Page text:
Saturday, August 1, 2020

CRISPR-Cas9 Used For First Gene Knockout in a Cephalopod

CRISPR-Cas9 is the most simple and precise method of genome editing today, and it was used to knock out a gene from a cephalopod genome for the first time in history. Scientists used an important species of squid used often for research in recent decades, known as the Doryteuthis pealeii. From the embryos, they knocked out a pigmentation gene affecting skin and eye cells. The researchers’ goal was to test the organism’s function after the edit so as to make it a more useful research organism, alongside fruit flies, zebrafish, and mice. This could lead to further study and advancement in various fields of science, as cephalopods are extremely sophisticated in all aspects of their being.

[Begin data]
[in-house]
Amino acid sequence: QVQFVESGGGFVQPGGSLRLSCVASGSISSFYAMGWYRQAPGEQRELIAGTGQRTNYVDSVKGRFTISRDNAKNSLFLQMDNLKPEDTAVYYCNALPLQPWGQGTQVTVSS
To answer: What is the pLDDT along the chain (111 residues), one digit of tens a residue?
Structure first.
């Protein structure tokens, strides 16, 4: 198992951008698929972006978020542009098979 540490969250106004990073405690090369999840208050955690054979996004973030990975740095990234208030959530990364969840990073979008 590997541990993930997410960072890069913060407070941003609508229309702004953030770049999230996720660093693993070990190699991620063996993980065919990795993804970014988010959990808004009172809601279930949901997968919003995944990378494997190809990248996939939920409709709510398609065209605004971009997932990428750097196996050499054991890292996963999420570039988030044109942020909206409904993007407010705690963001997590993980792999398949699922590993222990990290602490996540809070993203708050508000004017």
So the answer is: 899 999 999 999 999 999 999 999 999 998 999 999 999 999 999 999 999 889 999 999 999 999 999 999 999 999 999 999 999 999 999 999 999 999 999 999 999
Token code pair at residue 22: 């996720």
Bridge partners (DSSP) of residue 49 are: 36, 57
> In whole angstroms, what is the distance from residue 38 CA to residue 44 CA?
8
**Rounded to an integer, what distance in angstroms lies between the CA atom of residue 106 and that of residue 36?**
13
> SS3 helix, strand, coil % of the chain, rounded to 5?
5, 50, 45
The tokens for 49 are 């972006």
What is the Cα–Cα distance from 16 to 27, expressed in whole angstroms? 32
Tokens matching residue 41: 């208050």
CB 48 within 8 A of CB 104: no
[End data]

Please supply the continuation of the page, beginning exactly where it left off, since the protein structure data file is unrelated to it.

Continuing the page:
Having been able to knock out a gene from one of the most advanced forms of life gives researchers hope for further discovery, including knocking in genes. Such genes could facilitate research, making cephalopods more useful to scientists. This particular species of squid has led neurobiologists to make numerous discoveries in the past, but they will not likely be effective in genetics research. While knocking out a gene from the D. pealeii was challenging yet very efficient, they are too large and have not yet been found to be cultured in the lab through multiple generations. There is hope that in the near future, smaller cephalopods, such as the Euprymna berryi, could become effective research organisms in the field of genetics.


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